Photos and text by Robert Kokenyesi, Ceramic Artist, Beachfront Pottery, Godfrey, IL 62035, USA.
The town of Greenville, Illinois held a car show titled Greenville Graffiti on June 17, 2017. This is a time in the life of Greenville when people are drawn to the downtown streets because of the dozens of older or specially enhanced cars. The Greenville-based Our Common Ground artist guild (where I’m a member) decided to signal our presence in the community by putting together a pop-up art show. The show’s title wanted to reflect a connection to cars, so we ended up titling it “On the Road”.
With the generous help of the town we rented an empty storefront at 215 W. College, and set up several easels with paintings and drawings on them, as well as pedestals for ceramic works. Quite a few show visitors came into our building, and browsed the paintings and ceramic pieces.
This is the look at the storefront from the street. You can see a couple of cars set up for the car show, and under the flags behind the glass window is our banner.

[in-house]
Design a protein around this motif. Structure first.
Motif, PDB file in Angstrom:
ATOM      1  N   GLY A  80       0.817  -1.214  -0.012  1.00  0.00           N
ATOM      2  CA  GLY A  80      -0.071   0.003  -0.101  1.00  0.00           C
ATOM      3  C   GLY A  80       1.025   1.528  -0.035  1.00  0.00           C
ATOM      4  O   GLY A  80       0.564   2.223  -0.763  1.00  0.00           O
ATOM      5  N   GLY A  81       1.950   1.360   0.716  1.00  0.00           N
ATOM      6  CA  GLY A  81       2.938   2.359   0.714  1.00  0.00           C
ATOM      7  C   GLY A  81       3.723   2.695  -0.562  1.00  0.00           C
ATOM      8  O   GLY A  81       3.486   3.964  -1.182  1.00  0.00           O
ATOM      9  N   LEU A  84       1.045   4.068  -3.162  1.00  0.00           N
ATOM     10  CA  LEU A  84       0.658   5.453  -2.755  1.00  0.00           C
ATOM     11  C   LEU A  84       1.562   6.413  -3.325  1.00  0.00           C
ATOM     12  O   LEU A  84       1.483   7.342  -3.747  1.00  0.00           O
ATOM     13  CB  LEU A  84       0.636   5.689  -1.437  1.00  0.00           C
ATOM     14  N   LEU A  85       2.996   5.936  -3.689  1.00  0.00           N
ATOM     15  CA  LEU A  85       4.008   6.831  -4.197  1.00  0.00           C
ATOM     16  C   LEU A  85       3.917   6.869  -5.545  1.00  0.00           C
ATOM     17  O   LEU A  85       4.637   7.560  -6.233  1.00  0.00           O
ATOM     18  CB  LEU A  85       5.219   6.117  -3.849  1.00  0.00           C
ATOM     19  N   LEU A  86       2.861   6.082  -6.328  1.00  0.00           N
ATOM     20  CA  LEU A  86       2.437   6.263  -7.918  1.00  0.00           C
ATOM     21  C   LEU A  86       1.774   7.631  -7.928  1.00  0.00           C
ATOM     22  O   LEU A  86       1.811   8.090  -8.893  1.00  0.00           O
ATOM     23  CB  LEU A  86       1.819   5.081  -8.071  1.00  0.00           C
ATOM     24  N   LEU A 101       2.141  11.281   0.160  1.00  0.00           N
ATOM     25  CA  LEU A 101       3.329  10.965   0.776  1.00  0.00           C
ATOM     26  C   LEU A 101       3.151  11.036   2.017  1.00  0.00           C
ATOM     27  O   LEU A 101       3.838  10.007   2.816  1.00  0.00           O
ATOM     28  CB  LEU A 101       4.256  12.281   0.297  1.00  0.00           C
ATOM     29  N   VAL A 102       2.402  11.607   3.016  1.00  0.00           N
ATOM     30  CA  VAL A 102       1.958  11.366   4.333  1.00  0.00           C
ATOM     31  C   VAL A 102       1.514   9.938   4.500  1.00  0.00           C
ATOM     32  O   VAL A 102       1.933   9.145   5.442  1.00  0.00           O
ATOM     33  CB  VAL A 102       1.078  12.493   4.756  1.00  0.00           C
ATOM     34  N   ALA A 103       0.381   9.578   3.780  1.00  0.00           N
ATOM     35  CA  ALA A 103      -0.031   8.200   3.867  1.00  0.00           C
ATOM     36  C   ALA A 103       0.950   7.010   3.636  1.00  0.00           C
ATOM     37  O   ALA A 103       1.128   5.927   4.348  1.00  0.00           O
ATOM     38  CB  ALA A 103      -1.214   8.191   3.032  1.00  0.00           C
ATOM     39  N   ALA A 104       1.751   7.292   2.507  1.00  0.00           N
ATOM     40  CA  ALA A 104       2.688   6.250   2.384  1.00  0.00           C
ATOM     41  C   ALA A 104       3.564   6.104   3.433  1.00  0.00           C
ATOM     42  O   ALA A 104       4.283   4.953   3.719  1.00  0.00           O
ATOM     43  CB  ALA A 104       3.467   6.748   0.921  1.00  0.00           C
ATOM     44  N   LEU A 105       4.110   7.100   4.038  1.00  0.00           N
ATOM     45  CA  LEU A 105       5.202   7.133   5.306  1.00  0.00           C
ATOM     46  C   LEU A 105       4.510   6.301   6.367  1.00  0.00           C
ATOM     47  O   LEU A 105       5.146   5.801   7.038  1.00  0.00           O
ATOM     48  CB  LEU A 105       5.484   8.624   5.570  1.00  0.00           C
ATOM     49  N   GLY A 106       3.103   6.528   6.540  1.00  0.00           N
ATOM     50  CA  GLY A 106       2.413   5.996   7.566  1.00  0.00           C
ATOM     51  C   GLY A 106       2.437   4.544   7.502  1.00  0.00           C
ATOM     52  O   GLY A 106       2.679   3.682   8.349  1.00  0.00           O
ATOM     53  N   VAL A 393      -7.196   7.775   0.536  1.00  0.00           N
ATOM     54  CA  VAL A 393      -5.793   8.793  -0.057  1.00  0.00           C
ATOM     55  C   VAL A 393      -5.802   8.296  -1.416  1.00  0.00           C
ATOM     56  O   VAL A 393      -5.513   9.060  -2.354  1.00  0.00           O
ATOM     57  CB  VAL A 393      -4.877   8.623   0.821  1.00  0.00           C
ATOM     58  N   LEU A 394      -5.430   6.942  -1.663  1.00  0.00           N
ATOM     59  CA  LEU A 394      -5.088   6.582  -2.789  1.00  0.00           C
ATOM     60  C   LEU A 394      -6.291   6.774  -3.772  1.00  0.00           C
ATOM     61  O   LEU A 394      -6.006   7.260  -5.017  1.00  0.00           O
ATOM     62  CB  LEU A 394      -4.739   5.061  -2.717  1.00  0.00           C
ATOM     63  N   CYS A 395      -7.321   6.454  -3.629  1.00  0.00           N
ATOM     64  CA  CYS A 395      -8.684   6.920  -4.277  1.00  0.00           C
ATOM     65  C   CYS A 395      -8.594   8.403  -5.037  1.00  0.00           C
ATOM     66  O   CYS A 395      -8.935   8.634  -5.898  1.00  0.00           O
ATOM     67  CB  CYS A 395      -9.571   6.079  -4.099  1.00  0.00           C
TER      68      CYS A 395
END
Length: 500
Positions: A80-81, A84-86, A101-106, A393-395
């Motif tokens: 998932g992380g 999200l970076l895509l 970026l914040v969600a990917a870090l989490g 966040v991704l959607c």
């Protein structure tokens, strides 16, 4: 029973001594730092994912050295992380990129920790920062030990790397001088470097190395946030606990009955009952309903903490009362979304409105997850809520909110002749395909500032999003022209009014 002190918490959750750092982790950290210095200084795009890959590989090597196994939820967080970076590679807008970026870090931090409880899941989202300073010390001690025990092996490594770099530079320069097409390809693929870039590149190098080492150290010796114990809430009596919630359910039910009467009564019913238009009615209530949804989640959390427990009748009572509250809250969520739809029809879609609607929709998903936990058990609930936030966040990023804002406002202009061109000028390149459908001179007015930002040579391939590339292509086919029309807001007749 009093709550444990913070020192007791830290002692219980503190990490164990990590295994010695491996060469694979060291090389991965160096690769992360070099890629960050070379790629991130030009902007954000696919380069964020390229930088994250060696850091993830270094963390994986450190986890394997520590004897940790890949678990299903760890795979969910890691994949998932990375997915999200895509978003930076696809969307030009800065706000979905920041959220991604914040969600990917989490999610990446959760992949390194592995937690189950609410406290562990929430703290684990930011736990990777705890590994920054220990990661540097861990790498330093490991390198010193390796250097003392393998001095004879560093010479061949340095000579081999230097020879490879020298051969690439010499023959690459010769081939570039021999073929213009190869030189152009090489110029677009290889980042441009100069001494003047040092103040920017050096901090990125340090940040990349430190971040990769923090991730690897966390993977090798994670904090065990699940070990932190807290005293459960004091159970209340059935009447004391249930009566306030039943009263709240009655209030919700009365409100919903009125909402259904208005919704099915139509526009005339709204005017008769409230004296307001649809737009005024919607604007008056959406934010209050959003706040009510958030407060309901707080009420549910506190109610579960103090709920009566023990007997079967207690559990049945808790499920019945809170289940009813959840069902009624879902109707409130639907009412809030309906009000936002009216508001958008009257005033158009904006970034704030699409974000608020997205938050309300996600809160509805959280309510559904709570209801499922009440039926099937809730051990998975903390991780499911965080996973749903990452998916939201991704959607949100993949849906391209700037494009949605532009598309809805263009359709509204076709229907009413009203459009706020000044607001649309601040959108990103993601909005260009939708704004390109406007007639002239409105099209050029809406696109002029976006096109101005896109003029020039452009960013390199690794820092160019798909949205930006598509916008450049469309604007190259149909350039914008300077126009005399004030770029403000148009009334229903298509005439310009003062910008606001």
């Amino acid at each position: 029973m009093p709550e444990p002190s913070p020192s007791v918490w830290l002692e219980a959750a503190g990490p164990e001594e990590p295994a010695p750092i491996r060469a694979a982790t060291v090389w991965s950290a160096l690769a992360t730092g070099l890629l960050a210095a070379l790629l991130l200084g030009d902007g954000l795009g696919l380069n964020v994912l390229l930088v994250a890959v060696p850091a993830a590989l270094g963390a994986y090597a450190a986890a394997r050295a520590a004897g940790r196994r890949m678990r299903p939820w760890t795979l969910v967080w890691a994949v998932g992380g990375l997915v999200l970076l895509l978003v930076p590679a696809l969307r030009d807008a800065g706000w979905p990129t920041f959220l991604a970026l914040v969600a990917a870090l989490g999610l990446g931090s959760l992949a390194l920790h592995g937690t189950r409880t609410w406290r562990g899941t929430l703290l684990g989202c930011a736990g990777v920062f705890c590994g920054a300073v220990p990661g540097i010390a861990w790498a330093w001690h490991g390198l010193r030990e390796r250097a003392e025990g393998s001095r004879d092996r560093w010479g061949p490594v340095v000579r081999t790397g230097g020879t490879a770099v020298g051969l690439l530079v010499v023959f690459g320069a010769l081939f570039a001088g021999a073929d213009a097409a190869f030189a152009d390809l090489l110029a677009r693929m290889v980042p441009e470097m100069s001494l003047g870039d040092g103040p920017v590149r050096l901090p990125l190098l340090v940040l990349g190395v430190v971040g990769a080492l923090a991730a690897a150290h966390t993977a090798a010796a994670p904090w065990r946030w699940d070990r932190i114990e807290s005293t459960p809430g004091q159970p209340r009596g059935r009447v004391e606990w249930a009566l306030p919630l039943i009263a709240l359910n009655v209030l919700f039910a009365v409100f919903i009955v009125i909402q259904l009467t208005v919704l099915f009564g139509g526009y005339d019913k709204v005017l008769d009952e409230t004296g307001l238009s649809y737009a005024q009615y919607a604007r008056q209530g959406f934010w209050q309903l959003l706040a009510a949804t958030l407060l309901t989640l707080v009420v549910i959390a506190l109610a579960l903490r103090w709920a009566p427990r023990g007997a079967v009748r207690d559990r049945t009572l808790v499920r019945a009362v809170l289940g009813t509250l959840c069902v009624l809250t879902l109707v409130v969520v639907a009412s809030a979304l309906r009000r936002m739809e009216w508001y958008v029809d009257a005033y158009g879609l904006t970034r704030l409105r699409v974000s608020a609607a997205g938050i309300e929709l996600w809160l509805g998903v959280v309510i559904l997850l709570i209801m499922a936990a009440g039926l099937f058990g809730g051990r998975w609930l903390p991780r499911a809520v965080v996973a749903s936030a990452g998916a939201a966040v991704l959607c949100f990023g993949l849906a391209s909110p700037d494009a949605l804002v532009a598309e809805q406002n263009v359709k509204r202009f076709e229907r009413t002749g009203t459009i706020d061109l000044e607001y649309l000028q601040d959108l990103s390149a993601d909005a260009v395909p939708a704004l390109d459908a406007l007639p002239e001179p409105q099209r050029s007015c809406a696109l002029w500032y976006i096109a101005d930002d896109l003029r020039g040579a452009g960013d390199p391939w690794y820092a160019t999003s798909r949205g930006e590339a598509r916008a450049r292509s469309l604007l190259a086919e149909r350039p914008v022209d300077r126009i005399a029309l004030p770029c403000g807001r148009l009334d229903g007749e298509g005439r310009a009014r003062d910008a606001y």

This the inside of our space. In the forefront you see a table with BJ’s woodworking tools and palettes. In the background are part of the show’s paintings.
Martha and BJ are on the left; pedestals for ceramics are in the middle, and more paintings are in the back.
The ceramic pieces.
Beth Rodgers had these two ceramic tiles. One is decorated with milkweed pods, and the other is decorated with acorns.
This a platter from the old days of Beachfront Pottery. Then I was making exclusively functional pottery, and this platter shape was the result of a good deal of experimentation. The inspiration by the Great Barrier Reef is a reflection of Australian Aborigine dot paintings.This is where the sacred dream is protected by obscuring the image by dots. On this platter the entire reef is the sacred entity. The white glaze dots are above and below the blue circle.
The aerial photo of the Palau Islands was the inspiration for the glazing on this platter.
This bowl shape reminded me of waves rolling in on the coast of Hawaii. The glazing on the top of the clay peaks gives the looks of white peaks of waves.